In a September 2020 JAMA report, Boston University researchers measured vitamin D levels in 235 patients who were admitted to the hospital with COVID-19. They then followed them for clinical outcomes, including the severity of the infection, becoming unconscious, or having difficulty breathing resulting in hypoxia or death.
The researchers then compared outcomes between people who were vitamin D deficient to those who had a level of 30 ng/mL or more. Two-thirds of those admitted had a level below 30. Those with adequate D levels turned out to have a less severe course, less hypoxia, and lower CRP and lymphocyte levels. Among people older than 40 years, those with sufficient vitamin D were half as likely to die from Covid than those who were deficient.
A low vitamin D level even appears to raise the risk of catching Covid-19. A JAMA study looked at 489 people who had had their vitamin D level measured in the year before being tested for COVID-19. Those testing low in vitamin D turned out to be 1.77 times more likely to test positive for COVID-19 compared with those who had sufficient vitamin D.
In the winter months and at northern latitudes, people have lower vitamin D levels and more Covid infections. It is unclear how much of the increase in Covid and viral infections during the winter months might be attributed to a lack of social distancing or to a lack of vitamin D.
The risk of a severe outcome during a Covid infection rises when one has diabetes, excess weight, high blood pressure, cardiovascular disease, kidney disease, or is older. Is it only by chance that in each of these conditions vitamin D levels happen to be low? Anyone with one or more of these risks will want to exercise an abundance of caution to avoid getting this deadly virus and consider adding a vitamin D supplement to raise vitamin D levels.
Creating desirable levels of vitamin D is challenging. Therapy with supplements can take months to show optimal results. As mentioned, multivitamins typically supply 400 units of vitamin D daily. In adults, about 600,000 units spread over time are needed to bring a low level up to a healthy one.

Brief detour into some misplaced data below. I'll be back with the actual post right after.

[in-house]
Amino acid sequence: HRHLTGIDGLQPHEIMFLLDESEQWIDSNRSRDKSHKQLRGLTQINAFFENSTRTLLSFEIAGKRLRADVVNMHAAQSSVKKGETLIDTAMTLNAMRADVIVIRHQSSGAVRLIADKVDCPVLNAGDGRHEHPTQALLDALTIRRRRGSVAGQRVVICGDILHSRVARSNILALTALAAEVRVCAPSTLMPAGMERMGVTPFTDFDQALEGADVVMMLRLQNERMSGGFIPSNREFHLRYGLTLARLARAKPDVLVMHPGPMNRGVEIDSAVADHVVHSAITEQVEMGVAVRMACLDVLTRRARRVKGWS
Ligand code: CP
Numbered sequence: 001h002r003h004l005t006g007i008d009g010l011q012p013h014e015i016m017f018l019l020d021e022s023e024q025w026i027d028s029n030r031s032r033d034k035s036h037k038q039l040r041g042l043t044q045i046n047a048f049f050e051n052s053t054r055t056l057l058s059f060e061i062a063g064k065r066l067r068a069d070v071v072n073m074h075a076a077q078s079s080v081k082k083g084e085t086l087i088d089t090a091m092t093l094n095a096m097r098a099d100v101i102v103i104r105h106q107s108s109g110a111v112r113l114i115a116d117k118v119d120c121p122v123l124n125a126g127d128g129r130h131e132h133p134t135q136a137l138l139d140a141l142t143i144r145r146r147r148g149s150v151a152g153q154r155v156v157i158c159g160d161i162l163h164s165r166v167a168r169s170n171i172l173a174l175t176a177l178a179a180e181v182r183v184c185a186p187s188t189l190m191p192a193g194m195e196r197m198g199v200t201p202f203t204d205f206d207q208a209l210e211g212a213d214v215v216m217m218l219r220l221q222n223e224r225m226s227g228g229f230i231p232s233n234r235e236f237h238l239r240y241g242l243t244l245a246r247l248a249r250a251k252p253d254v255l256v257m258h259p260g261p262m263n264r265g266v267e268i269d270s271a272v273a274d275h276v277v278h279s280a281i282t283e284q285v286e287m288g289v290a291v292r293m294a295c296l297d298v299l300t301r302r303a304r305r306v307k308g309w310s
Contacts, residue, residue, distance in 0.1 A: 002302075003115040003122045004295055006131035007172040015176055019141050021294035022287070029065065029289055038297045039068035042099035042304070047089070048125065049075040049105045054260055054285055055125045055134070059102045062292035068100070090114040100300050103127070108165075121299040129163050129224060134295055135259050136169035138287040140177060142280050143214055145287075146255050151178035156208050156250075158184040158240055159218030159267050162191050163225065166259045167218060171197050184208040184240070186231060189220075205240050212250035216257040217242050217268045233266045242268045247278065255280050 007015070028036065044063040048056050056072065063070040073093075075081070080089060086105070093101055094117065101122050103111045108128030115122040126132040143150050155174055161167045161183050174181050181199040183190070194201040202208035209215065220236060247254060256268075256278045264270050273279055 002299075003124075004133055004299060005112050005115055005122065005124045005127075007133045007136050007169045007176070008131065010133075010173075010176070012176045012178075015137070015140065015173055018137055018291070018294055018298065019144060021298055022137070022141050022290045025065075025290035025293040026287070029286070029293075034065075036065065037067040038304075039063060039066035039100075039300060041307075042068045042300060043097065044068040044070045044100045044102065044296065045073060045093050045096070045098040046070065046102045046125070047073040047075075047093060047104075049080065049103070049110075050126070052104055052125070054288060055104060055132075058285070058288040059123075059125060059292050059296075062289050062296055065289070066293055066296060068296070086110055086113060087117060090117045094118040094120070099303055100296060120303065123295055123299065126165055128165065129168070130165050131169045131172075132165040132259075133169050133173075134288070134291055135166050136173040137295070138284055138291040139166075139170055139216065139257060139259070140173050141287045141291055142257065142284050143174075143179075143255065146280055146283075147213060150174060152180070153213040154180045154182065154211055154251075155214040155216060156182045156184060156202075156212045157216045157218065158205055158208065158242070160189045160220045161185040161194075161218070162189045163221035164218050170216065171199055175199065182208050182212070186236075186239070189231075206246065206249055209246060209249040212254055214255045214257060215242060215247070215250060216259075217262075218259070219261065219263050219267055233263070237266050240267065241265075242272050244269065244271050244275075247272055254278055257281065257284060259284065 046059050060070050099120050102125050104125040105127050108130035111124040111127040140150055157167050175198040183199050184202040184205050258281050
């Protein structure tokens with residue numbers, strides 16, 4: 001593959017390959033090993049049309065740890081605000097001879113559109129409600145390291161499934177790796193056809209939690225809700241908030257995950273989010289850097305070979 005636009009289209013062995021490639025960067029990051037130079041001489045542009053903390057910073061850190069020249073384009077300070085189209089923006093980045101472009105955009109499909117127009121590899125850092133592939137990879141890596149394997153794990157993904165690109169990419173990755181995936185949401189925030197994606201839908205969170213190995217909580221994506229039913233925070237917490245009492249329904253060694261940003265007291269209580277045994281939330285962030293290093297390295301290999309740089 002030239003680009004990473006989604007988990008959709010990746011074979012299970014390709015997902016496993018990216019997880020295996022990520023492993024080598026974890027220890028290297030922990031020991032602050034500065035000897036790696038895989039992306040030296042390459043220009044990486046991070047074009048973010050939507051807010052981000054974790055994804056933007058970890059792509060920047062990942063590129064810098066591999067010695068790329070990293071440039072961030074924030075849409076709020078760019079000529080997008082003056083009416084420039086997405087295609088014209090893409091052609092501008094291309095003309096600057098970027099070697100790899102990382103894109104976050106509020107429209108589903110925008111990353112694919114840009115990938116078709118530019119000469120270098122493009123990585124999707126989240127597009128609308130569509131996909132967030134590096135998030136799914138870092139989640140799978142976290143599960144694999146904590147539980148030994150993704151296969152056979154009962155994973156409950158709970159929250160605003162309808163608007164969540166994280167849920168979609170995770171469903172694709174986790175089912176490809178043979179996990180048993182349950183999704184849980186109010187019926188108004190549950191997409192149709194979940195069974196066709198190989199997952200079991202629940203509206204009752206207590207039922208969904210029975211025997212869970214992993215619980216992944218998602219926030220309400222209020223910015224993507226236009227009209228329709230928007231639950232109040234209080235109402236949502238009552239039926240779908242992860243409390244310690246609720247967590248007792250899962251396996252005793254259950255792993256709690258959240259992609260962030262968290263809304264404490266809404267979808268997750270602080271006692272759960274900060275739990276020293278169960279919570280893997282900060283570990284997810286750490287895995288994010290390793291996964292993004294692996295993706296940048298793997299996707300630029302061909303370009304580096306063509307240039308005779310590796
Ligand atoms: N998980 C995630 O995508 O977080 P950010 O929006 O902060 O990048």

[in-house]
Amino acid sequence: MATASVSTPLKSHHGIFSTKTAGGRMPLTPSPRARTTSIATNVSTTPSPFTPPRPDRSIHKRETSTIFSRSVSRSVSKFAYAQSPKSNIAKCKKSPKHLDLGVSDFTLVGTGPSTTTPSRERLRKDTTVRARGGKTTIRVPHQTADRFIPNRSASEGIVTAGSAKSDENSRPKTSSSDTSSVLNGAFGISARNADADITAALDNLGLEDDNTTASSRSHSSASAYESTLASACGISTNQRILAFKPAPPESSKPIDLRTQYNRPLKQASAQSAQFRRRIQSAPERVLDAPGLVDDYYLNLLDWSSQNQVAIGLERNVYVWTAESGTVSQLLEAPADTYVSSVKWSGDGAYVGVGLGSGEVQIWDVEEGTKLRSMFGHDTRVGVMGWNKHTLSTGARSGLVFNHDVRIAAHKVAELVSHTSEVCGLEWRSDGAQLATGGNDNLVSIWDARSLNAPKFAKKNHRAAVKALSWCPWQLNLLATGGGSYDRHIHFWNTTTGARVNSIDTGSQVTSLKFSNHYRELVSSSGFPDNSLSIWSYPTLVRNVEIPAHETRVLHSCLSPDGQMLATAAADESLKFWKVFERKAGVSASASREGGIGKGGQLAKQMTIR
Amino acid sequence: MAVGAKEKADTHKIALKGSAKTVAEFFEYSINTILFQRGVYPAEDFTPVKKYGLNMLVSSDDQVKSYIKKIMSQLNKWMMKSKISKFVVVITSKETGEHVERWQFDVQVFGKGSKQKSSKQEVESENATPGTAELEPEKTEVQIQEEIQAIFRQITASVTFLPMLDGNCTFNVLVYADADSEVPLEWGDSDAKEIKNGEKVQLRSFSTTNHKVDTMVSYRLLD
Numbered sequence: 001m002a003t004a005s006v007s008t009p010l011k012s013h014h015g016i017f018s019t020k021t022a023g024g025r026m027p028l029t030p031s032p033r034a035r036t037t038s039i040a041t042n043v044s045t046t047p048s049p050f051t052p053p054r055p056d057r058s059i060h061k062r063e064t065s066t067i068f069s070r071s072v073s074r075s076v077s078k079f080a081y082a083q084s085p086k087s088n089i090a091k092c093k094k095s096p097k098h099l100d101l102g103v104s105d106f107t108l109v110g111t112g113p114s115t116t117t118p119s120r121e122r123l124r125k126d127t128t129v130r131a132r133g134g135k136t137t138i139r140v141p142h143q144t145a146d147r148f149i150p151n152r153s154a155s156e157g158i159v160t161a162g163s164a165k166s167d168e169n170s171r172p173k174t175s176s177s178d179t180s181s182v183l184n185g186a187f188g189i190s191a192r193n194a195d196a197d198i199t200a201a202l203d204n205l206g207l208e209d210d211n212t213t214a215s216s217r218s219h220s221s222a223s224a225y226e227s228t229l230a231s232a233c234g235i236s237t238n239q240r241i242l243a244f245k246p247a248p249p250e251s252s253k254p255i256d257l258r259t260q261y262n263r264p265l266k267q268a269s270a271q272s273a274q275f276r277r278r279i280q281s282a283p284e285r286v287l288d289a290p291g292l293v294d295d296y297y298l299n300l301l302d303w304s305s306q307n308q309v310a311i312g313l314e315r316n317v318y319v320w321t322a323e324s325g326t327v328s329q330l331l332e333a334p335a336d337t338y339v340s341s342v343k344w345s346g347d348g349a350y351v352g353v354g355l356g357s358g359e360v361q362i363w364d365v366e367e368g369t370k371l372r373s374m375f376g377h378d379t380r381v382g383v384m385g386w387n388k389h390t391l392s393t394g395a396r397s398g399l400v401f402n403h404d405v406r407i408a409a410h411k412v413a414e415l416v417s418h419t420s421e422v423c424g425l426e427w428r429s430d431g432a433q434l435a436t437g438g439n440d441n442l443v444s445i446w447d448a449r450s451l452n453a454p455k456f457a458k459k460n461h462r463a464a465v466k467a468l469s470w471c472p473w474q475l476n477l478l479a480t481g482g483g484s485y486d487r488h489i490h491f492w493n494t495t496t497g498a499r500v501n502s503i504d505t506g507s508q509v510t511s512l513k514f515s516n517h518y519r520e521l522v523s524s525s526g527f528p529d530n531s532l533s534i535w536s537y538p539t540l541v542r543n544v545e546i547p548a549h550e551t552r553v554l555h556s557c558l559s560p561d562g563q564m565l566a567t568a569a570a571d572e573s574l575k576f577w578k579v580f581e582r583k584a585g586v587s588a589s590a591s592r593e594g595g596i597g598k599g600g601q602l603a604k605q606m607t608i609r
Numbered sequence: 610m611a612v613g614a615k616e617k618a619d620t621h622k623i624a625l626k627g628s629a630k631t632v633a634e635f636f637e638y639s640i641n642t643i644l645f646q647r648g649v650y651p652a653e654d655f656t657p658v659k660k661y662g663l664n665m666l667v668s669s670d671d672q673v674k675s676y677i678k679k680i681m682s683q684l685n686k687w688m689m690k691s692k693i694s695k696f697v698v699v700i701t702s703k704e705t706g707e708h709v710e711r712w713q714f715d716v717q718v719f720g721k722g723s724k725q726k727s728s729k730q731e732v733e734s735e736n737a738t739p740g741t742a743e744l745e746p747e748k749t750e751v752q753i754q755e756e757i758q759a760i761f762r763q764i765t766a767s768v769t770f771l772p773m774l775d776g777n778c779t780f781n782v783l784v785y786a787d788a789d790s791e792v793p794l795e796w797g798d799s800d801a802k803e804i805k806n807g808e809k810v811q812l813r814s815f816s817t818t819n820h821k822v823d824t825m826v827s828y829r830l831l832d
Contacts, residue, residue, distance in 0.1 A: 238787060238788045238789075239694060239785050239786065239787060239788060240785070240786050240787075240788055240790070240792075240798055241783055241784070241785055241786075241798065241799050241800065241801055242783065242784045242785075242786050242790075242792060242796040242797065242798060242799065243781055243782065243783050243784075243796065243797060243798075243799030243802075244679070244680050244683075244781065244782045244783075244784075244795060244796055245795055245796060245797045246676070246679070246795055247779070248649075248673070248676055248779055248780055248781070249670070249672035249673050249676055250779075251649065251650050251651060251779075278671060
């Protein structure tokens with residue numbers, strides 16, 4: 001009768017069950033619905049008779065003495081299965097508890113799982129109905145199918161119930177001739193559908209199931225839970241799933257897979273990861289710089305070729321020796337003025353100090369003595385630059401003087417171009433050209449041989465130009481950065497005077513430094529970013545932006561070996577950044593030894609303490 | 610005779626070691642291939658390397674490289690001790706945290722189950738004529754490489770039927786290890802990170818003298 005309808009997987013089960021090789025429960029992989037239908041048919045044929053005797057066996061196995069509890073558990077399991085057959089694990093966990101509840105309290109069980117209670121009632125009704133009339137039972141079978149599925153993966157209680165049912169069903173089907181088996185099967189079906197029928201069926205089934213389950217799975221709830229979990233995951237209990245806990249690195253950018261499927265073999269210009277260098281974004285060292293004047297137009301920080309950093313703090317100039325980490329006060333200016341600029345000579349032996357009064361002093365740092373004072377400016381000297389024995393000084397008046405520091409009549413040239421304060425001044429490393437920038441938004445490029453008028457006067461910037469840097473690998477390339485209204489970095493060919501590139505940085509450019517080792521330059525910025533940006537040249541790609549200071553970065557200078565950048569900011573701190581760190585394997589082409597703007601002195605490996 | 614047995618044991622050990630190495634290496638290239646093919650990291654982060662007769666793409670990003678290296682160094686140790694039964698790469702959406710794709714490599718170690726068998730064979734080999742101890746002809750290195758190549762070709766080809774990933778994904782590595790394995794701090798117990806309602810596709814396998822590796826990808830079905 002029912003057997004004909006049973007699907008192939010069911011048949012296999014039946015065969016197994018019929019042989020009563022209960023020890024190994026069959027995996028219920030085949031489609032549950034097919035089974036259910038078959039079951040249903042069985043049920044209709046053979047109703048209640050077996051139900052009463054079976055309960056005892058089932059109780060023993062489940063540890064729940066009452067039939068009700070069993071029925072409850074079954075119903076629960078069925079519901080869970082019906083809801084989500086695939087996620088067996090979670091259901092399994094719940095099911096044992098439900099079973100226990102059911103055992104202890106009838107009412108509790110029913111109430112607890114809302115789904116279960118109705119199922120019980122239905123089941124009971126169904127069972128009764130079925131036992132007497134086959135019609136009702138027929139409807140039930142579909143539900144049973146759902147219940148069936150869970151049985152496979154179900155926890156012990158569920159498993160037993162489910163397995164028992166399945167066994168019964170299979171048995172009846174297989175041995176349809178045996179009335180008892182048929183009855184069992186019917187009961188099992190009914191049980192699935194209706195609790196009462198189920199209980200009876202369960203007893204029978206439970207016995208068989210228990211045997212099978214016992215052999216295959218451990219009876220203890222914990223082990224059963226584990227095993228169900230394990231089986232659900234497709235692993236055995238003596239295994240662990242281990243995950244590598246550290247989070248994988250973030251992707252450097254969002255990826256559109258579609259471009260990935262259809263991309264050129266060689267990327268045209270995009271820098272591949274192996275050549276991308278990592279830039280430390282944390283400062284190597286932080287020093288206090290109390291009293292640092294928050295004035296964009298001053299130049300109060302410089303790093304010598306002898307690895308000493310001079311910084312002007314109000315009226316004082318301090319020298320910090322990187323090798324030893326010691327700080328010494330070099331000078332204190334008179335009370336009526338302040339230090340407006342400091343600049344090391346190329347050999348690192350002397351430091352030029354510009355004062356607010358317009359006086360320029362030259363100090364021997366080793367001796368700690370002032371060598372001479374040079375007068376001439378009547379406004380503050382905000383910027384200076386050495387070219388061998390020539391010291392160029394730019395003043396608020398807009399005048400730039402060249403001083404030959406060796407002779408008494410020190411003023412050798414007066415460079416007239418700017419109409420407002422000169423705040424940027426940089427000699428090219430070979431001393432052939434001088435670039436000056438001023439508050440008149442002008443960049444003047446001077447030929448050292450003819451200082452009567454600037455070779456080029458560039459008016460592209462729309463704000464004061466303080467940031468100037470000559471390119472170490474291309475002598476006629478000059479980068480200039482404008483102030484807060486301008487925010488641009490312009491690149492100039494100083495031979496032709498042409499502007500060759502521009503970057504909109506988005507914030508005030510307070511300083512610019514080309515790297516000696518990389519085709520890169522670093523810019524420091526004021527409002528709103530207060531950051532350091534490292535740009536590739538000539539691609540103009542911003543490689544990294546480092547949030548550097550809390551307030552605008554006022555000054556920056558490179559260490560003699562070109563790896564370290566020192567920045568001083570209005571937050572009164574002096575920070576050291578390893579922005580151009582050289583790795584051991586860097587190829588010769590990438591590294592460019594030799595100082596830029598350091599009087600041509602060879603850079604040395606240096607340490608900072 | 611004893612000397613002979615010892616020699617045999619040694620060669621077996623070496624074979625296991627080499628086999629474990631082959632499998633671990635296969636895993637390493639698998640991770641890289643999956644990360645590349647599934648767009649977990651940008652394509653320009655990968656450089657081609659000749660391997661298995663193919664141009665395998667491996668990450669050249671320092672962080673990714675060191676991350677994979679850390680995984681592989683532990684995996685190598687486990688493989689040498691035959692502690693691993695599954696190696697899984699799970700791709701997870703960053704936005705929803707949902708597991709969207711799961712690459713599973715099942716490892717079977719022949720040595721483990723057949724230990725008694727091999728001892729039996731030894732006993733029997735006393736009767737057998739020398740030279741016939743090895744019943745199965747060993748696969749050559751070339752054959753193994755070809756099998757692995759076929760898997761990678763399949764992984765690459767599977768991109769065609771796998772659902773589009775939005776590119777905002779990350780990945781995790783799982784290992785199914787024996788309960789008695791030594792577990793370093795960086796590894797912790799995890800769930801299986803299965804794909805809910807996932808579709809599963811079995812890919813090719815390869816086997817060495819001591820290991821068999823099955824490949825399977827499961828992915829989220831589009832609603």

To resupply vitamin D, adults can typically take 5,000 units a day or 30,000 units once a week for 4 months. Absorption is improved if D is taken with an oil like olive oil or a couple of fish oil capsules. After reaching desired levels, 2,000 units a day provide a good maintenance dose.
As you can see, it can take months and thousands of units of a D supplement to reach the desired levels needed to muster a combative response to Covid-19. Start a supplement now if you wish to raise your vitamin D level.
For a person deficient in vitamin D, doses of 5,000 to 6,000 units a day typically produce no side effects. Much larger amounts sometimes create issues. Massive doses of vitamin D can raise blood calcium levels. This may cause nausea, vomiting, constipation, loss of appetite, increased thirst, increased urination, mental or mood changes, or unusual tiredness.
If you want to know your vitamin D level, ask your physician for a test. If it is below 30 ng/dl, ask your doctor whether the vitamin D doses above are appropriate for you. This therapy is available over the counter without a prescription.
If you happen to get Covid-19, ask your doctor about a prescription for calcifediol to raise vitamin D levels quickly. A healthy vitamin D level strengthens the immune system and lowers the blood pressure to provide healthier outcomes.